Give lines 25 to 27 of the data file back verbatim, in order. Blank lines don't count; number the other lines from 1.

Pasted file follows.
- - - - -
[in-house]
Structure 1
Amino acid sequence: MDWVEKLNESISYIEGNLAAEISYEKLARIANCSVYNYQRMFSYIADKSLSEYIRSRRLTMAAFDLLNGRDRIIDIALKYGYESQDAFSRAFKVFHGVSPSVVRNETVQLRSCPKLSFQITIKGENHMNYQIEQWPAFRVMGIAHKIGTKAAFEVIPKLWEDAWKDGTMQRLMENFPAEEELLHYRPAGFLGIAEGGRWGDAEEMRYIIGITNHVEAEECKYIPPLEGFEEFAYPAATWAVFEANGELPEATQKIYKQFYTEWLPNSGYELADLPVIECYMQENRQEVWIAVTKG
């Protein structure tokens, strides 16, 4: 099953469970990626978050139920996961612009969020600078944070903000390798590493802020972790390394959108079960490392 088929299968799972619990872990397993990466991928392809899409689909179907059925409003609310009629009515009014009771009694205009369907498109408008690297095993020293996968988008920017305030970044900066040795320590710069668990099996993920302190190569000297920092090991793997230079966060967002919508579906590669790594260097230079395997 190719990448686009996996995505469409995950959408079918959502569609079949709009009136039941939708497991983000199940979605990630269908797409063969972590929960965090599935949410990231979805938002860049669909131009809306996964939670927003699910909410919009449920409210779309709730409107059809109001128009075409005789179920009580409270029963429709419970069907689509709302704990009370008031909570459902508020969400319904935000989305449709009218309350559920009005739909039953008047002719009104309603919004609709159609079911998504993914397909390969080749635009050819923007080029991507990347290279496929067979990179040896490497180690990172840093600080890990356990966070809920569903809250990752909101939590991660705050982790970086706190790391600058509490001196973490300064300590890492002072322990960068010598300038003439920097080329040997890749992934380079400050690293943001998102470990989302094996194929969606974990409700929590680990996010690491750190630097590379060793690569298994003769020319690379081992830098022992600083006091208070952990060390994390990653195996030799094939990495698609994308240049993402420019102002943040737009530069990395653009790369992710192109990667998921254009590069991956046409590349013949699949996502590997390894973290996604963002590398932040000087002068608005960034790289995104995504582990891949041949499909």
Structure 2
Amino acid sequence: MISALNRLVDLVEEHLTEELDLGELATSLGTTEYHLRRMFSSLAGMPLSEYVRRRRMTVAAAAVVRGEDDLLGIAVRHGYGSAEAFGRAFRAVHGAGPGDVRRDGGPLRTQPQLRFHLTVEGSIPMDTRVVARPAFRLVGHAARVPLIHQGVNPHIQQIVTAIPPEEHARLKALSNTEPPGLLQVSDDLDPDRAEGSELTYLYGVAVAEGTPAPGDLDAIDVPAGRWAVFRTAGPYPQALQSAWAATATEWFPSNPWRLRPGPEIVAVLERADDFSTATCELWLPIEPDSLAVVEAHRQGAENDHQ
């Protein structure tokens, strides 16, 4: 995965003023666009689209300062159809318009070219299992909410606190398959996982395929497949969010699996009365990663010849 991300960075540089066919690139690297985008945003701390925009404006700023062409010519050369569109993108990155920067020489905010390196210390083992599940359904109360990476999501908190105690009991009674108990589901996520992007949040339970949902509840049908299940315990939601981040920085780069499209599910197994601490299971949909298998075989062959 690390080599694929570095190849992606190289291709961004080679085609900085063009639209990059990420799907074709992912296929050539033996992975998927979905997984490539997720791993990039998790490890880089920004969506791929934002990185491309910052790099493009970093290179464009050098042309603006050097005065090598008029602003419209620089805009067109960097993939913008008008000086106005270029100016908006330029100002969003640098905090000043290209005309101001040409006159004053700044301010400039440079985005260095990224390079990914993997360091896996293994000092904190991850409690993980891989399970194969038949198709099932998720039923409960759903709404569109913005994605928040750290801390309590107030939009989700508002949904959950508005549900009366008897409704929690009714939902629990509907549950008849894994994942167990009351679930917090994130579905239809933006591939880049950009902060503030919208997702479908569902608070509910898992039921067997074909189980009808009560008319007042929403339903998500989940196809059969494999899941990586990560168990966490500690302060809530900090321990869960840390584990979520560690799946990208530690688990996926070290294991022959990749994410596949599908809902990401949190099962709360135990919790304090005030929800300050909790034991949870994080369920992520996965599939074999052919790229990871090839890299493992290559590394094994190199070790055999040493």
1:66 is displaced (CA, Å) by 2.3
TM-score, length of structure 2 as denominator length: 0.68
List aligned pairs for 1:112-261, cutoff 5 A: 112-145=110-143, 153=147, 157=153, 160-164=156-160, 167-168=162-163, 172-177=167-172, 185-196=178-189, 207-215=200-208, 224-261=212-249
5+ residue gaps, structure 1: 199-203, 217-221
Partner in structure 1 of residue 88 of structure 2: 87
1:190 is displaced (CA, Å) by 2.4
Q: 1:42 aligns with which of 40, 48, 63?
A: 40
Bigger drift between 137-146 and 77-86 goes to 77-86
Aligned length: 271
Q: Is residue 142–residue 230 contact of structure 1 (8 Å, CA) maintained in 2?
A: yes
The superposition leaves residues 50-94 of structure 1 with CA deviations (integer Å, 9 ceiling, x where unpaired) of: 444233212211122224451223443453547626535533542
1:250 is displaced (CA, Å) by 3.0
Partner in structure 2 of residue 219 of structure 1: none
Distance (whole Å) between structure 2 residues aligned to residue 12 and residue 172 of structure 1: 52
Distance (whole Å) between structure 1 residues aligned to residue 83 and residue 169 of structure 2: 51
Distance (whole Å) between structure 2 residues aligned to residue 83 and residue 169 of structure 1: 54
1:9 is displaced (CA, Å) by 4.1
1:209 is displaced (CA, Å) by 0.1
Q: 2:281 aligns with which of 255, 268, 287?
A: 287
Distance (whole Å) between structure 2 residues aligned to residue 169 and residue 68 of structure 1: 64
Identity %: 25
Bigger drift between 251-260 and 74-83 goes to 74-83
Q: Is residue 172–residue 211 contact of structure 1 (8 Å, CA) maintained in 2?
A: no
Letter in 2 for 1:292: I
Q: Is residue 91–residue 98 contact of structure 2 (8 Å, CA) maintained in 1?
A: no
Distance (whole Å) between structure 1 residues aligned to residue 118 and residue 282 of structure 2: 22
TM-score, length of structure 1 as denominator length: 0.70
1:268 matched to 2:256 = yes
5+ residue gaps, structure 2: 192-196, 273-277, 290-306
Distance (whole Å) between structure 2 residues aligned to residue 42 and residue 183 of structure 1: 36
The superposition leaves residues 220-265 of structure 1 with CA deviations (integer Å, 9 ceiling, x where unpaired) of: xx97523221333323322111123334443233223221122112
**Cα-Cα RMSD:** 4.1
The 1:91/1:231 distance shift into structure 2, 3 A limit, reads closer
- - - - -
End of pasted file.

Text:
Distance (whole Å) between structure 2 residues aligned to residue 83 and residue 169 of structure 1: 54
1:9 is displaced (CA, Å) by 4.1
1:209 is displaced (CA, Å) by 0.1